What they used to tell my mentees always is that when they get into imposter syndrome, that design is not beautiful, or it's not I can do now is I always ask them. So did you help someone with your work? Or will your work? help someone at the end of the day? Will there make their workflow easier? Or faster? Would they be less frustrated? If the answer is yes, then yes, you're a good designer, you did the best you could in the given situation. So I kinda want them to be allies, that how things look doesn't necessarily mean that you're helping less people. Right, exactly. So you might be working with a design system, which might not look very new and, and cool and shiny, but it helps people in the end. And that's the restriction from the business working with their design system.

Filippo Lovotti 12:45

So speaking of, we talked a little bit about standing out how dribble some of those designs stand out. And kind of latching on to that concept of standing out and bringing it back to the hiring process, I wanted to ask you, in your role as hiring manager, to your eyes, what makes home challenges stand out.

Mirela Ignat 13:09

So what I really want to say is simplicity and not over complication, especially engineer designers, when they apply for a position, I say that they're trying to be special in every way. So they might end up having a yellow background with a brown font on top just because they want to be different. And they might get trapped into doing the latest asymmetrical layout out there just to fall in line with the trends. And I'm actually want to see how they think and how they solve problems and how they're creative within constraints. This is the main key what they want to see, I want to see how you're creative within constraints, not with the ideal situation. So just keep it simple. Show me the context in which you took those decisions, why you took those decisions. What was the reasoning, show me a picture, maybe a before and after. If it's a UI, you really want to see the impact of a redesign if you have to do it, or you really want to see if it's an accessibility issue. describe why it's a accessibility issue and a proposed solution. So we don't have to overcomplicate it, some of them go a bit more in detail as in they may custom fonts, they may custom icons. Yes, people kind of put their efforts in the wrong direction. Just because this is the mentality given by dribble and behance I'm not saying they're not good platforms for people to learn and to give for inspiration. I use that as well. I'm just saying that it kind of sets false expectations. Because it's there's so much information out there about what you're supposed to do as a designer How would they in your life looks like so that people kind of fall in line with what's what's most visible out there. Because let's be honest, more Most of our daily challenges like documentation meetings, convincing a client presenting a concept during the 17th iteration, there's an app out there don't talk about them, which just about the nice and shiny things that happened in the design world.

Filippo Lovotti 15:15

Absolutely, yeah, I think you've hit the nail on the head. Dribble is a good website to use as a source of inspiration. But not everything that shines is made of gold, if you know what I mean. So dribble definitely has its limitations. Going back to the core of the design challenge, if you had a list called do these things in your design challenge, any make your hiring manager happy? What would that look like?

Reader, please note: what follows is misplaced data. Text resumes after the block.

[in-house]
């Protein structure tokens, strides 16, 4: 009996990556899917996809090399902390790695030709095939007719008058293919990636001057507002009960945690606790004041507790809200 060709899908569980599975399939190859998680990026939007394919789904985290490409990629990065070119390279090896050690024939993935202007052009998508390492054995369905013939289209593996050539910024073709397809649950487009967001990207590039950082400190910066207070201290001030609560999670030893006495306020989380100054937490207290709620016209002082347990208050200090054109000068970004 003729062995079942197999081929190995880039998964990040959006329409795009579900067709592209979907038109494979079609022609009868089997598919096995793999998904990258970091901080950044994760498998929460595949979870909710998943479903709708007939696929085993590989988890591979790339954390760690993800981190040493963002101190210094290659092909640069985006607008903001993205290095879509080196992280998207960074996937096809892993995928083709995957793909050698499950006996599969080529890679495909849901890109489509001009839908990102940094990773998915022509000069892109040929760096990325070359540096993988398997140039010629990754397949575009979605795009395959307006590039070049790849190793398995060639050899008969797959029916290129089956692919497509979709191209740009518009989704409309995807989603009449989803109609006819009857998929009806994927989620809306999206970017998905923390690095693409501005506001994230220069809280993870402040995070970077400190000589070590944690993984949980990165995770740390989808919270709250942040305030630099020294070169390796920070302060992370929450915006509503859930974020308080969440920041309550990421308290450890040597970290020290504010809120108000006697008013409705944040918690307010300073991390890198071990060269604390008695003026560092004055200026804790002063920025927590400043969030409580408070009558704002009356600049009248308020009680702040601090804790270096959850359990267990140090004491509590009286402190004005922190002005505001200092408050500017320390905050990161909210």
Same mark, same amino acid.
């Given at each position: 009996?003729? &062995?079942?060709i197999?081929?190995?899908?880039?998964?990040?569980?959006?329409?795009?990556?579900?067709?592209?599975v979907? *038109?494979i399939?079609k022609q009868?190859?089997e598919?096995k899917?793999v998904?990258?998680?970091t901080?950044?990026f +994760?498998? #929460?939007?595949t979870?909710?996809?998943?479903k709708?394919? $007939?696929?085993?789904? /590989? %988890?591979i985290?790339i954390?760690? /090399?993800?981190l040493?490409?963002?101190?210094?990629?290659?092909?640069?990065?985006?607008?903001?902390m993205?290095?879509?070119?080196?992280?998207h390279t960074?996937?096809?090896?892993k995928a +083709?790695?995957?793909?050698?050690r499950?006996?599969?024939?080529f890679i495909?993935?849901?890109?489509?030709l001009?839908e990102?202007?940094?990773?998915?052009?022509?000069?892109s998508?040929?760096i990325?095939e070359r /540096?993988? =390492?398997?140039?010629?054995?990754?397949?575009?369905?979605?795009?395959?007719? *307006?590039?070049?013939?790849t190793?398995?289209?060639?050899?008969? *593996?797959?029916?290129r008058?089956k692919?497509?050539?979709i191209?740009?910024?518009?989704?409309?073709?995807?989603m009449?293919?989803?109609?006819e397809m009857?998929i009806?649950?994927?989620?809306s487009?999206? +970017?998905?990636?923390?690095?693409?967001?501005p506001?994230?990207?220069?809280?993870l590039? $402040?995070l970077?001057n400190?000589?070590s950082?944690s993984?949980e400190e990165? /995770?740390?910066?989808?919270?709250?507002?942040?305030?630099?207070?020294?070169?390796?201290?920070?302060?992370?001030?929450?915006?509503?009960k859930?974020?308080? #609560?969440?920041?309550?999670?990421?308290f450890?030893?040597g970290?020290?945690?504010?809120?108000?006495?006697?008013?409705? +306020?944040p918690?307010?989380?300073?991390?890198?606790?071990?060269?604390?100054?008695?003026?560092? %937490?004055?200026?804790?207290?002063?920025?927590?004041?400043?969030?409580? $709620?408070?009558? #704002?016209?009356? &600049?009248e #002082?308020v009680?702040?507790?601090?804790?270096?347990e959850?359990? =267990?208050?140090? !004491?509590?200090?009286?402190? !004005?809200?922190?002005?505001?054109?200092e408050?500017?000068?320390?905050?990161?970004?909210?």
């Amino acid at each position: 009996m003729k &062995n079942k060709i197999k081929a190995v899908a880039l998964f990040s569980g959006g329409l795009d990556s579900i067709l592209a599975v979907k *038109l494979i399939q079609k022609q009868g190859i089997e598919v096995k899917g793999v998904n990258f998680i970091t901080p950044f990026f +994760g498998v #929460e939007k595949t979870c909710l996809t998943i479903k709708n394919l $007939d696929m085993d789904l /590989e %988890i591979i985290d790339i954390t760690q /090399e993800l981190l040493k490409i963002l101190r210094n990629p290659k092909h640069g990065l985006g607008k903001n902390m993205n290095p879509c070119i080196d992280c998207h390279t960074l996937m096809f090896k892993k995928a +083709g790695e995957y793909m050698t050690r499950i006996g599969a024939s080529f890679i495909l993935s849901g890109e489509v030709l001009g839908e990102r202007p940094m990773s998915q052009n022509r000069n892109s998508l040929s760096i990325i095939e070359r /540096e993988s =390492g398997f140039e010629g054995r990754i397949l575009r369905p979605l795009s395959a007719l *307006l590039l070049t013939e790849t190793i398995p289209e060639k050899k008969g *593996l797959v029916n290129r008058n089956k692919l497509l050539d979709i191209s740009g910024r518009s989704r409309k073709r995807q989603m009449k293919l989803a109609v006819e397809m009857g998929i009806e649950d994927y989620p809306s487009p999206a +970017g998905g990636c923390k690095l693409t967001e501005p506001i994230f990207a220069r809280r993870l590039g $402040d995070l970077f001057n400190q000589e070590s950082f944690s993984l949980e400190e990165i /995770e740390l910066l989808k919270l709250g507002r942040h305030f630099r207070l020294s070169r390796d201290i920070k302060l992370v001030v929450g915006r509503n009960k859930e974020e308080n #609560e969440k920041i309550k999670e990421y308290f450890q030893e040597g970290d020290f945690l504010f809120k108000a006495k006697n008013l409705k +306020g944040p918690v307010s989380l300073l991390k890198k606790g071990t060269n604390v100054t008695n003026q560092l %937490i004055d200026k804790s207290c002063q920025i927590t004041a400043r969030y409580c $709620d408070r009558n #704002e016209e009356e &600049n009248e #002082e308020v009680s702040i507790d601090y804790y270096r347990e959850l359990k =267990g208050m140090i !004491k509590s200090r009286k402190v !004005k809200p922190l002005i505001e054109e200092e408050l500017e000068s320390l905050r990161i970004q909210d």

Mirela Ignat 15:41

Okay, so I, so let's say, for example, that I give you a website, and I want you to do a redesign for it. And I also want you to do heuristic analysis, see, what's wrong there with usability? So first of all, I would want you to briefly describe, for me a bit of desk research, something that you did you browse, what's your initial feeling? Right? Maybe a bit of description about that website? If you chose it yourself, sometimes I let candidates chosen themselves, I don't necessarily give them something. Right, I want to if you let's start with usability, if you're doing your risk analysis, I want to see the metrics of which of your analysis. First of all, what were you aiming for? I want to see a scale of those metrics in terms of impact is this critical? users can still live for this, right? So not necessarily, it needs an immediate attention from a designer, I want to see proposed solutions where those are clear, right? It's fine. If you don't necessarily if it's a specialized industry, you might not know how to deal with that. And it's okay to be curious and ask and say, Hey, I, you know, that I really appreciate when people admit it, that, I don't know that, but I'm willing to learn that that value is a lot for me. And you if you're doing a y challenge, let's say you're doing a redesign, I really want to see a breakdown of your initial issues that you're spotted, right. So it might be the drop shadows, it might be the components, it might be the fonts, which might not be readable at all, it might be the color scheme, right. And I want to see a side to side comparison, either at component level, or at page level. And I want to see some, some text about why you made that challenge. So like, I decided to change the color scheme from green, and yellow, to black and white, just because it improves readability, it's a more minimalistic approach, and so on. It can be simple words, you don't have to tell me a lot of complicated words from all the UX dictionaries that make me understand. Maybe you have to present a stakeholder who has a new UX maturity, he might understand some words, but you might understand them more. So I want people to be able to explain things plainly, because they will have to do that on a daily basis to a developer to a tester to a project manager to VP, you never know.